These people — these men in my family — they did not fight for freedom and honor. They did not create businesses to benefit the economic spirits of all people. They did not create legal policies or political campaigns that sought equality and reconciliation.
Instead, they fought for slavery. Instead, they created businesses whose very livelihood traded in the very real lives and bodies of other people. Instead, they created legal policies and political campaigns that — after slavery was abolished — enabled “slavery by another name” and denied black citizens their full and equal station among the citizens of this nation and world.
This is the truth. An ugly, uncomfortable one, but truth nonetheless. And if we ever have any hope of moving this nation toward racial reconciliation, white people like me, like you and like so many others will have to acknowledge this past. We’ll have to stop whitewashing reality. We’ll have to quit treating traitors and white supremacists as heroes, even if they’re among our own family trees. We’ll have to look deeply inward and ask ourselves tough questions.
Do we really want to be associated with this history of hate and racism? Is this something we really want to celebrate as pride and heritage?
My answer is a resounding no.
Because we have a choice and though we cannot change history, other choices are before us:
We can cast off old family heroes and choose them anew — heroes like my grandfather, who decried the evils of the Ku Klux Klan instead of encouraging their violence like B.B. Comer is once thought to have done. A hero who had a sense of shame and regret when telling me about distant cousins who were, even nearly 150 years after the end of the Civil War, still members of the Ku Klux Klan. A hero who, when integration became the law of the land, taught his daughters to treat all their fellow classmates with respect and began to challenge his own views, remaining loyal lifelong to a Democratic Party increasingly more tolerant, more equal, more steadfastly and firmly committed to the ideals of equality and justice for all.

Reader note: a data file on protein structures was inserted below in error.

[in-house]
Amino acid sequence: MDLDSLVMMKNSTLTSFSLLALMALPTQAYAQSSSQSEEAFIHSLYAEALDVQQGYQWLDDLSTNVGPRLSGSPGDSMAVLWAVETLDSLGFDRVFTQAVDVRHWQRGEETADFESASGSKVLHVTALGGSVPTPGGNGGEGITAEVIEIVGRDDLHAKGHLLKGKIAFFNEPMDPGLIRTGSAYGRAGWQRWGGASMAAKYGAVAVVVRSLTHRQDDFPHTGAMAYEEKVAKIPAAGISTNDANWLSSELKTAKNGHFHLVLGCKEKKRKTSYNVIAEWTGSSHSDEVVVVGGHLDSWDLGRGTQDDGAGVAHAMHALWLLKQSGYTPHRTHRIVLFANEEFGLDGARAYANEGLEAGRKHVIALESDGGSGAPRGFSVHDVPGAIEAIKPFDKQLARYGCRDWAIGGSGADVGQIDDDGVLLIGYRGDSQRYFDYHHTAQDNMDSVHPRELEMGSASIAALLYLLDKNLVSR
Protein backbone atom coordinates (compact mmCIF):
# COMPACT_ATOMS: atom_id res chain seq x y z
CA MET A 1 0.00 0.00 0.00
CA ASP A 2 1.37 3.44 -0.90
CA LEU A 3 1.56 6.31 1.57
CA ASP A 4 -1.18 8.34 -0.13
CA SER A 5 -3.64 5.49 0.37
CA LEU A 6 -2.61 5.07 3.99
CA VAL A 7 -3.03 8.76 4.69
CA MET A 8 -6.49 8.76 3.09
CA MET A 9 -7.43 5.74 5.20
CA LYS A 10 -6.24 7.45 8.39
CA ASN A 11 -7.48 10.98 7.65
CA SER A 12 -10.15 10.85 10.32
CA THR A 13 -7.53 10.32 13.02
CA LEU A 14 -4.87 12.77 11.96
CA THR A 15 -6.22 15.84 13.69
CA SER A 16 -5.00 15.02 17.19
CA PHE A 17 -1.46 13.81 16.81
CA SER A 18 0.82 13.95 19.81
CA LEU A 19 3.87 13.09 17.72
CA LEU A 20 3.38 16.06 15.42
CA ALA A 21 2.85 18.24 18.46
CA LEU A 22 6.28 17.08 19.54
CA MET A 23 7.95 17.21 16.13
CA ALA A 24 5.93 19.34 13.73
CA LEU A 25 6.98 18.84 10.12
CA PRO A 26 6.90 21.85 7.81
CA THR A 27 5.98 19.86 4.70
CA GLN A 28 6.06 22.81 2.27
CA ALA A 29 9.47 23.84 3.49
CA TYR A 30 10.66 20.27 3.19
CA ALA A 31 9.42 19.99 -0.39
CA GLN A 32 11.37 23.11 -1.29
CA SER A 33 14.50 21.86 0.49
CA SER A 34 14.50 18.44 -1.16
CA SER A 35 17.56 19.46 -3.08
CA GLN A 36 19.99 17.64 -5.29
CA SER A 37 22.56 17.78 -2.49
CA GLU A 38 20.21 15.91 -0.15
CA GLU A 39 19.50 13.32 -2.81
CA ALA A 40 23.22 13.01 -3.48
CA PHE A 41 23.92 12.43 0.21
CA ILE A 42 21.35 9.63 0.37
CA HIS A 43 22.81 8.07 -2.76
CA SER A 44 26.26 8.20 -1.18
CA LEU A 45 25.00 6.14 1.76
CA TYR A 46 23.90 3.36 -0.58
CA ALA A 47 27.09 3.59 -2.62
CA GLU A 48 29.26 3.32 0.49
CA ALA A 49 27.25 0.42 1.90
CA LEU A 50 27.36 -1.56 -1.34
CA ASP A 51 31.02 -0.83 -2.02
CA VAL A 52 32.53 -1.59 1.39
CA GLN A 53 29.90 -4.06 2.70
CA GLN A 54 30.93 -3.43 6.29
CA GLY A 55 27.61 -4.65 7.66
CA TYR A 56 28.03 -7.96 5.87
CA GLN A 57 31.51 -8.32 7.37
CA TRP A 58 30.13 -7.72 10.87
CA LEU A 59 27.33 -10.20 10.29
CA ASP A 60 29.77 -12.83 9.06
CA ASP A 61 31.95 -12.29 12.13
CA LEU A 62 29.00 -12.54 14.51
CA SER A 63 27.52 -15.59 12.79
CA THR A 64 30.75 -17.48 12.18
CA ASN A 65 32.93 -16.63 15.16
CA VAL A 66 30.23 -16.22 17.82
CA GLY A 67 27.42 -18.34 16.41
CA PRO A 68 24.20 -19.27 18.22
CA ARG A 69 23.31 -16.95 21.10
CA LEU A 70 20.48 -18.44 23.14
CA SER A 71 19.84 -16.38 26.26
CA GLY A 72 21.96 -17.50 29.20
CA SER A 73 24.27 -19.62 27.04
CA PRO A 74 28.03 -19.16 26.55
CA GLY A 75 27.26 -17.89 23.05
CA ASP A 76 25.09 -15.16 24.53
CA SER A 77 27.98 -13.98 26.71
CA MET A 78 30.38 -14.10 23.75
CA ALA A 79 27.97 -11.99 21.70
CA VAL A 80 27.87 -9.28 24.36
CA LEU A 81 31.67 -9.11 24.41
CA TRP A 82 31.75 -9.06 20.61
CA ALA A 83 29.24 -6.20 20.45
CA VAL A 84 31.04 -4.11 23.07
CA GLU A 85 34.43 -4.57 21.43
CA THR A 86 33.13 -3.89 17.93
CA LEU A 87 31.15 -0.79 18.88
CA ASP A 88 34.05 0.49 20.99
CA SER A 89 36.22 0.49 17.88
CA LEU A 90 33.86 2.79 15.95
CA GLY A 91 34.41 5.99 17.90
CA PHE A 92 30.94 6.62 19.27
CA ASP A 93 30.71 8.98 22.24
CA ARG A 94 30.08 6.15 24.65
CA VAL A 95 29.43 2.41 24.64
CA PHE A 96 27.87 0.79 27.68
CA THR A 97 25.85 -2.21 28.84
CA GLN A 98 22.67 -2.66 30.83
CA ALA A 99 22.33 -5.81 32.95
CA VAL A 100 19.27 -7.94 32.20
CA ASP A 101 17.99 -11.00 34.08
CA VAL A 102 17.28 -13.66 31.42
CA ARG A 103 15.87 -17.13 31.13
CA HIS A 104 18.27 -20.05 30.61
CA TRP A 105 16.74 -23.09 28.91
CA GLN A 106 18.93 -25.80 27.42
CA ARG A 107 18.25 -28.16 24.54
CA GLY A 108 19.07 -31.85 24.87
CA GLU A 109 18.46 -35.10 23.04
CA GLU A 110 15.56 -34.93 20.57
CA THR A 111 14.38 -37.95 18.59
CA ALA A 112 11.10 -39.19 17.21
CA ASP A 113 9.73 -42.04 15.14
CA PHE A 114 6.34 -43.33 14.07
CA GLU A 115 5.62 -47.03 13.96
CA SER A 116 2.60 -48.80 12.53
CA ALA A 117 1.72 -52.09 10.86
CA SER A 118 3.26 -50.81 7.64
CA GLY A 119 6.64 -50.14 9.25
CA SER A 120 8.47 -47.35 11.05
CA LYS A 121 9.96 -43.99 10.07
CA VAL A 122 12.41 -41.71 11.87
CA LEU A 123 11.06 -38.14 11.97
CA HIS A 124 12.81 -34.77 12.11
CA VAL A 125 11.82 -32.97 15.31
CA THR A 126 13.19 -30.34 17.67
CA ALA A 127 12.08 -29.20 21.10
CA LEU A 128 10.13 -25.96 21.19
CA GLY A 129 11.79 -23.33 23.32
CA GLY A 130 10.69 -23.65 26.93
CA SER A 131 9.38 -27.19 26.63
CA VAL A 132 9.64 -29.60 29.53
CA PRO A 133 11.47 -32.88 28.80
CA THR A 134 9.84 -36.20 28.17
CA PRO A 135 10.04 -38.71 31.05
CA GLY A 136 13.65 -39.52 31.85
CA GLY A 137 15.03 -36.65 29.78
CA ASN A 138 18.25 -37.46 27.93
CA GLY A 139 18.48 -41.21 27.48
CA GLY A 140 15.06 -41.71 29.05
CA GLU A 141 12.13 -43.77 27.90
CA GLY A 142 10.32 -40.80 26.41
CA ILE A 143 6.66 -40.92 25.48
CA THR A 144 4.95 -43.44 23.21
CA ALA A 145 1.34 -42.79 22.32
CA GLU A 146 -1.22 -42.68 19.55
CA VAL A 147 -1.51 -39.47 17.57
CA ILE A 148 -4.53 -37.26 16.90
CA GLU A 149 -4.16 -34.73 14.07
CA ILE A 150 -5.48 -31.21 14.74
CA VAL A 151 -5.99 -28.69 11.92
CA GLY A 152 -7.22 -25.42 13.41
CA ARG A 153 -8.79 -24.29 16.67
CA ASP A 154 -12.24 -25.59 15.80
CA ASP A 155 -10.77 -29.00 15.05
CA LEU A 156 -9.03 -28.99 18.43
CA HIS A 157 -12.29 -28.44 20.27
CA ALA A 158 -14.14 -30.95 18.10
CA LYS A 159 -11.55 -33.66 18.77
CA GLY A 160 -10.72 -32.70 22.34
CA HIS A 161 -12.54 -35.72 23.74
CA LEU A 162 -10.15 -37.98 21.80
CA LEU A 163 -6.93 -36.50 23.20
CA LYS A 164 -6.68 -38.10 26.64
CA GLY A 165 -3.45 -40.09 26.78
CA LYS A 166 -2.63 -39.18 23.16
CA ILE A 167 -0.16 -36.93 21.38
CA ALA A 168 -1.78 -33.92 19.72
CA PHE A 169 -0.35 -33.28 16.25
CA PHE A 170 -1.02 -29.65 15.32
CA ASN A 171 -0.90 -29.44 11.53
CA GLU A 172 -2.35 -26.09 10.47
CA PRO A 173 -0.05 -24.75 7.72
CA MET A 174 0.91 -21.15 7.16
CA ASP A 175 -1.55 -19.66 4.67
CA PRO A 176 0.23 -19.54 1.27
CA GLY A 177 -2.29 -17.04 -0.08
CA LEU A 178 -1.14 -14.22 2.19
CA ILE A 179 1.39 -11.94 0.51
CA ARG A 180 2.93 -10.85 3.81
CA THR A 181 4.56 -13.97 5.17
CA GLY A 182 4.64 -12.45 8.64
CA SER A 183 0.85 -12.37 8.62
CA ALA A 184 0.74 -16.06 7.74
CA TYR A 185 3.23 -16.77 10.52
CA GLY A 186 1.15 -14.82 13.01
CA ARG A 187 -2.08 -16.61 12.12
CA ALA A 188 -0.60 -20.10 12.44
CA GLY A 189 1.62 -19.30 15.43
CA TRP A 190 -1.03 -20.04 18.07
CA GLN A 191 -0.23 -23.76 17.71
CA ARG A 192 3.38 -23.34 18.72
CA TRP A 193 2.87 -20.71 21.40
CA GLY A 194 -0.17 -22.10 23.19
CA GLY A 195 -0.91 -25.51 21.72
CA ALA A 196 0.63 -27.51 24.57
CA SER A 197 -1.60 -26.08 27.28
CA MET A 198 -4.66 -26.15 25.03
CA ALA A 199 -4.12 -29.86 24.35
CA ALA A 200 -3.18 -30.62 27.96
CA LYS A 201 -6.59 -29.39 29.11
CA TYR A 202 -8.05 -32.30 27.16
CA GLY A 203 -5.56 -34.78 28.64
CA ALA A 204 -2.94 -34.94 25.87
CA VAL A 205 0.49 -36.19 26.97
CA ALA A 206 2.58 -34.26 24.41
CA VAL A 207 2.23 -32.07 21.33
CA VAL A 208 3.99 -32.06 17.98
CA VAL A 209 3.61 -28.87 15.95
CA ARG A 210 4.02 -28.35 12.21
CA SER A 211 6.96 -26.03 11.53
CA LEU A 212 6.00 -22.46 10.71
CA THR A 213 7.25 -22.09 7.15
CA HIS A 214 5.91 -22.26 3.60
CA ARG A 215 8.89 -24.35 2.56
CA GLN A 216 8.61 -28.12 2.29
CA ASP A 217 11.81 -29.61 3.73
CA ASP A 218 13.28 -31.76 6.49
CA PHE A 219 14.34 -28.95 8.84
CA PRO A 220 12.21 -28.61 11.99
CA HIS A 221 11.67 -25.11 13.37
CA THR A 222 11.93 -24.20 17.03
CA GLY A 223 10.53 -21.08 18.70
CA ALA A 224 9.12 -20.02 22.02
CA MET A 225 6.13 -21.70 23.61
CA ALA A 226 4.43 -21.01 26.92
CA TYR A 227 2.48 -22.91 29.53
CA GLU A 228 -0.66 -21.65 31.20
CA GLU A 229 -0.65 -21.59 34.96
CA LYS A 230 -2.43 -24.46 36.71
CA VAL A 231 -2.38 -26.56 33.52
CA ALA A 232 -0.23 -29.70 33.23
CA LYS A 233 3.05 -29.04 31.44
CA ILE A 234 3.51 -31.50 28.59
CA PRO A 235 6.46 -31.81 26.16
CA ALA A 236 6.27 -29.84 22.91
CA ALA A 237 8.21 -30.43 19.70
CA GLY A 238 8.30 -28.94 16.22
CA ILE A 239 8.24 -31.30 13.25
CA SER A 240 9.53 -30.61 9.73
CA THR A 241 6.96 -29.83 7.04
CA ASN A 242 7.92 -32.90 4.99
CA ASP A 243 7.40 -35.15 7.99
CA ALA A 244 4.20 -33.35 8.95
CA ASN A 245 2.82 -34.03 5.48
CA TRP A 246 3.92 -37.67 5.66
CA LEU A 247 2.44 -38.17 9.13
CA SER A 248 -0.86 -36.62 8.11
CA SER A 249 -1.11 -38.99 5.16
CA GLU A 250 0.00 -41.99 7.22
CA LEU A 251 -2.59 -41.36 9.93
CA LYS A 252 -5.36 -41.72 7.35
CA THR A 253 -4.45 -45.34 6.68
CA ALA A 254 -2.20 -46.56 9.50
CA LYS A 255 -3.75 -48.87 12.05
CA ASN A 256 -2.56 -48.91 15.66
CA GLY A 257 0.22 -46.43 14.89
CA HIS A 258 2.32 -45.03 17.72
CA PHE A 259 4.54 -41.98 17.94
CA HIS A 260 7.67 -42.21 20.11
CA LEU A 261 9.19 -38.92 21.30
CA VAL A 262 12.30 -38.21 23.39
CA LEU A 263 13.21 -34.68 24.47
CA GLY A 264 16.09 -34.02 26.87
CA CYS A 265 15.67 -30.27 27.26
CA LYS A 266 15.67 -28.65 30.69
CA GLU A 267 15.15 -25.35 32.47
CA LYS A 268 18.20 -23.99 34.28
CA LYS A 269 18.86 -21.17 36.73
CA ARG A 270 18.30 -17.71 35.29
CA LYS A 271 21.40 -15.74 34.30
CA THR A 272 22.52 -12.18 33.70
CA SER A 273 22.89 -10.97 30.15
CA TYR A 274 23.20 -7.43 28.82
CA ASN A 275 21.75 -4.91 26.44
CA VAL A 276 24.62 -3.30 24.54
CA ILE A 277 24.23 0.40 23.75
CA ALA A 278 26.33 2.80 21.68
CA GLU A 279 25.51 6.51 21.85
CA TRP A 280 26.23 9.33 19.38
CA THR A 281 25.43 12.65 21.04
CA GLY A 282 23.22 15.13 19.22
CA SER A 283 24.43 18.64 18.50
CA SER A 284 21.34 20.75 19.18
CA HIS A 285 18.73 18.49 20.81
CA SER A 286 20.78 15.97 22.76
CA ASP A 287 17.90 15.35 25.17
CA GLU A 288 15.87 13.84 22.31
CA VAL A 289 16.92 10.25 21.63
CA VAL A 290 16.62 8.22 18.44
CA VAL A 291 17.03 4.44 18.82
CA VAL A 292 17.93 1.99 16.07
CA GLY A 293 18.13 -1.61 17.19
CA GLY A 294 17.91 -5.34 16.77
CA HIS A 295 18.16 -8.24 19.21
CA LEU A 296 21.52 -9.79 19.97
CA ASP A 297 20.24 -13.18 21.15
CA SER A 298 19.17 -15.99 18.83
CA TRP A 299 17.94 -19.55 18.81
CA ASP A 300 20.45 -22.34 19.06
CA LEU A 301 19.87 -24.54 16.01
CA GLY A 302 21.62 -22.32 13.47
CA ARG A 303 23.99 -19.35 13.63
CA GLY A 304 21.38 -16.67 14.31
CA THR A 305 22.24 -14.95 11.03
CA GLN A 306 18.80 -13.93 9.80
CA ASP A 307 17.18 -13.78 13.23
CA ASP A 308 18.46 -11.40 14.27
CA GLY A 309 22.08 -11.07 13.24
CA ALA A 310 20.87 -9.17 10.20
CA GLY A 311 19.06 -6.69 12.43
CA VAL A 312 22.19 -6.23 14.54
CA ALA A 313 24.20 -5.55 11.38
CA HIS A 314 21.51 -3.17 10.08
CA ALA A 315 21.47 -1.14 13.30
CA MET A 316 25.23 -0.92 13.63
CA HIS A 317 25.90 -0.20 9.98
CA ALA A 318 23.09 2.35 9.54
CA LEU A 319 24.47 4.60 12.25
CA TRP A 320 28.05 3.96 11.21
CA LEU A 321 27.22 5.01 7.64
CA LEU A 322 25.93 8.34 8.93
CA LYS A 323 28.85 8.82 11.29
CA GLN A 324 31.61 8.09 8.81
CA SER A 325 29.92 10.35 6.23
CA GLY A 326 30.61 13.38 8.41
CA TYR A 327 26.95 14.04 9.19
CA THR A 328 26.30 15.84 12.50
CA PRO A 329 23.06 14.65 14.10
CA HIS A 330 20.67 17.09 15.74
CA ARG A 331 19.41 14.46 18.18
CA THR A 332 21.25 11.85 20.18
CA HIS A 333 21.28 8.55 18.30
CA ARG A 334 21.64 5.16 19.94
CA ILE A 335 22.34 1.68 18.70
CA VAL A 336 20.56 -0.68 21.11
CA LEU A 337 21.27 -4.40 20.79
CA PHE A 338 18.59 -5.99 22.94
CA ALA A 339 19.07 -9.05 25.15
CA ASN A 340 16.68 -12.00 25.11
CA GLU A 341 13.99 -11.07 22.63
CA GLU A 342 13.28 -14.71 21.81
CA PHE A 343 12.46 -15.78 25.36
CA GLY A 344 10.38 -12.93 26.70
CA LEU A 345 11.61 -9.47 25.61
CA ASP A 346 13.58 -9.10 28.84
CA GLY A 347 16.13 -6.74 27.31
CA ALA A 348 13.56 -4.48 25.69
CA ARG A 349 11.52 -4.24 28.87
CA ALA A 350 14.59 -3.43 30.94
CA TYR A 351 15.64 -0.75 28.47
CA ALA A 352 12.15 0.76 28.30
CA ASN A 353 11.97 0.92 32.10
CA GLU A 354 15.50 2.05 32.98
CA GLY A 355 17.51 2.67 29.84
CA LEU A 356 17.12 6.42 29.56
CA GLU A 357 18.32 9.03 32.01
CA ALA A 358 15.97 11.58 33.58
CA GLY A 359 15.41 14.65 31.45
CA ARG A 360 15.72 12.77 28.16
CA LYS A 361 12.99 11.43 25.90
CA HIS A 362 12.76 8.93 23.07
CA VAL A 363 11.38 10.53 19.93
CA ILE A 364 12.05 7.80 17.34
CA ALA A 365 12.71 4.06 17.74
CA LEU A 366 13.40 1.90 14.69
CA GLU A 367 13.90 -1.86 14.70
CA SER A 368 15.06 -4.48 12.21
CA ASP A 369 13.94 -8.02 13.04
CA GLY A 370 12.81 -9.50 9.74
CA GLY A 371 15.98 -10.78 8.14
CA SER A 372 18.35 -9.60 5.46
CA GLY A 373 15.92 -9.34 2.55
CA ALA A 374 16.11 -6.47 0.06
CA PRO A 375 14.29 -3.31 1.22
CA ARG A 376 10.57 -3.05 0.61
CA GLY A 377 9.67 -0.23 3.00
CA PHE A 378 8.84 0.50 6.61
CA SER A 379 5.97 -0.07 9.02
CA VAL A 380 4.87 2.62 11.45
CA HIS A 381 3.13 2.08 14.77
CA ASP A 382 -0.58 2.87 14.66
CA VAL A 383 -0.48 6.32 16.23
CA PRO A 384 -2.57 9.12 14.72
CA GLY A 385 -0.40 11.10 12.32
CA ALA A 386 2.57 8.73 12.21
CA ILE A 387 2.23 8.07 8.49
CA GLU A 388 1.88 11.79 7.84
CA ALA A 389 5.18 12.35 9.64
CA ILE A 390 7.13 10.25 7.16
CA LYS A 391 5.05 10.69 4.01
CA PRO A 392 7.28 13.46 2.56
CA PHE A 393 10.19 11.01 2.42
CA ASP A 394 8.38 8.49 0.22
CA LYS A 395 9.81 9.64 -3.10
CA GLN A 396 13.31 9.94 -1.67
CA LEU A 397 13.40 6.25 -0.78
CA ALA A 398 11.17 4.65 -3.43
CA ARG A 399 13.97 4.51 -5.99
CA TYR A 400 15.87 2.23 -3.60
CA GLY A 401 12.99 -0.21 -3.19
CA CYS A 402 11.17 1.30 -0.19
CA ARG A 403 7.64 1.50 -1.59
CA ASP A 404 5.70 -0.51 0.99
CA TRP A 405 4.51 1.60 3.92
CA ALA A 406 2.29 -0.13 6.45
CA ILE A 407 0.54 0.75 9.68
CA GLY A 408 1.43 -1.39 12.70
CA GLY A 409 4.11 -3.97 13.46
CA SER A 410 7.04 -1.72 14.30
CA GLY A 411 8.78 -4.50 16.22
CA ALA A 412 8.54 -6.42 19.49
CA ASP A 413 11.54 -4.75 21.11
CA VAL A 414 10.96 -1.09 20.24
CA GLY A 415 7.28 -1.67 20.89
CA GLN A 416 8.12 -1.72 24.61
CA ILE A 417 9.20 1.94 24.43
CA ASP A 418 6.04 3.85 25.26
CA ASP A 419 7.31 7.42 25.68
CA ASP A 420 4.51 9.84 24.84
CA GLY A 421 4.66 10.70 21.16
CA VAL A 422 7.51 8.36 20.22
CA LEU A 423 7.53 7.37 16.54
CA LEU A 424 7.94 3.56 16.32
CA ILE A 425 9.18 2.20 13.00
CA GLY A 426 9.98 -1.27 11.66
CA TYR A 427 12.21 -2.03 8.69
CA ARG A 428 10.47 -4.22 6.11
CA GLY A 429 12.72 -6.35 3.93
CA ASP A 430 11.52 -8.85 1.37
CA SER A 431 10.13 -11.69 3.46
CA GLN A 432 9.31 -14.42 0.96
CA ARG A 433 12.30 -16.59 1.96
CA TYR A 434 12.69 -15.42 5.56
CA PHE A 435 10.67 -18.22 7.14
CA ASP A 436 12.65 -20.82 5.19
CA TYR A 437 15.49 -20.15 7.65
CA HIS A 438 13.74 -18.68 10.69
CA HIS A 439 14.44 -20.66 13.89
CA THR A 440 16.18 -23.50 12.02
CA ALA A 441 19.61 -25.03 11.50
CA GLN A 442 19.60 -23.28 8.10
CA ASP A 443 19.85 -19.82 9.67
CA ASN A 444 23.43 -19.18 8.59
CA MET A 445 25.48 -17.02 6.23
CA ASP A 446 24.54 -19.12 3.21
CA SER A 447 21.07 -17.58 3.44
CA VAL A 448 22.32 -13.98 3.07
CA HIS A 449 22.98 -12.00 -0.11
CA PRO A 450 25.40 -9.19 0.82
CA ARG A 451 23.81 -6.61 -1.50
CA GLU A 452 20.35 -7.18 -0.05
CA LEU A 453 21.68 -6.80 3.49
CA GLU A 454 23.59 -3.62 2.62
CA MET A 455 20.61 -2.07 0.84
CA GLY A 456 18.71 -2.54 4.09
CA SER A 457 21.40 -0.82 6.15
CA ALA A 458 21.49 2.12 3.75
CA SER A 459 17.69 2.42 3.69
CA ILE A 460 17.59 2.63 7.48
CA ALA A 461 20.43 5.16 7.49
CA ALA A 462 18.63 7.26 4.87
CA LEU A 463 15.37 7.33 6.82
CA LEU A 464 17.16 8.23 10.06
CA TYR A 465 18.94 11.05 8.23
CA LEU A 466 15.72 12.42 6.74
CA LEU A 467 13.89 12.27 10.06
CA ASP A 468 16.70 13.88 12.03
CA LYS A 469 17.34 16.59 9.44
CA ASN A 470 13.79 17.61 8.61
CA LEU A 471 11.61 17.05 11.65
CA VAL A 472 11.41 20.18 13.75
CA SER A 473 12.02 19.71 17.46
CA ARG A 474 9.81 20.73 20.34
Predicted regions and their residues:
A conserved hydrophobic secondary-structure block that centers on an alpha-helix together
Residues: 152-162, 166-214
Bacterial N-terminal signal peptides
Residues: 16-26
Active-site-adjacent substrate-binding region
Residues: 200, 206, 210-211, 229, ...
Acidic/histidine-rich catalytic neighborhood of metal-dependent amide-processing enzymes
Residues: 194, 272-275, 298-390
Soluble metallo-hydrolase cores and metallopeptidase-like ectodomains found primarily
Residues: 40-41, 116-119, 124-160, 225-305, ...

Additionally, we can choose to take our “Lost Cause” mythology, celebrations of hate and slavery and symbols of treason and violence like the Confederate battle flag and relegate them to history, not the present. Put them in museums. Put them in your family’s historical files. Move Confederate monuments to cemeteries.
But, most importantly, we can choose to turn to our black neighbors and friends — many of them descendants of the very people our families once owned and fought to keep in chains. We can choose to hear their words, their stories, their emotions and feelings and all the things we’ve failed to hear over decades and centuries of making sure we were the ones who had singular, ultimate, God-like control over their lives and minds.
This choice is ours and ours alone. This responsibility lies with us, because people like us — people whose blood flows through our very veins — first set up these systems of slavery, disenfranchisement, convict leasing and other institutional ills under which others have suffered and we have benefited. We’ll have to make this choice and work hand-in-hand with the people our forefathers once sought to silence. Together, we’ll ensure the mistakes our ancestors made are never repeated. Together, we’ll put America on the path upon which we first started when other heroes — people like my seventh-great-grandfather, Michael Easter II, and perhaps someone else in your family — took up their duty to fight for a nation founded on the self-evident truth that all men, including ultimately black men and women and everyone in between, are created equal.
That’s the kind of heritage I want. That’s the kind of heritage we should choose. That’s the kind of heritage we can create for our descendants. Starting today, tomorrow and every day after.
Note: Almost exactly one year ago, I penned a commentary on the controversies surrounding the renaming of buildings named in honor of Charles Brantley Aycock. In the year since, my views have significantly shifted and altered. In addition to whatever message you took from this present commentary above, let it also function as a retraction and apology for last year’s commentary. I’m not taking it down, and you can still read it, but will be updating it with a note on my retraction and apology and linking to this present commentary. ~ Matt Comer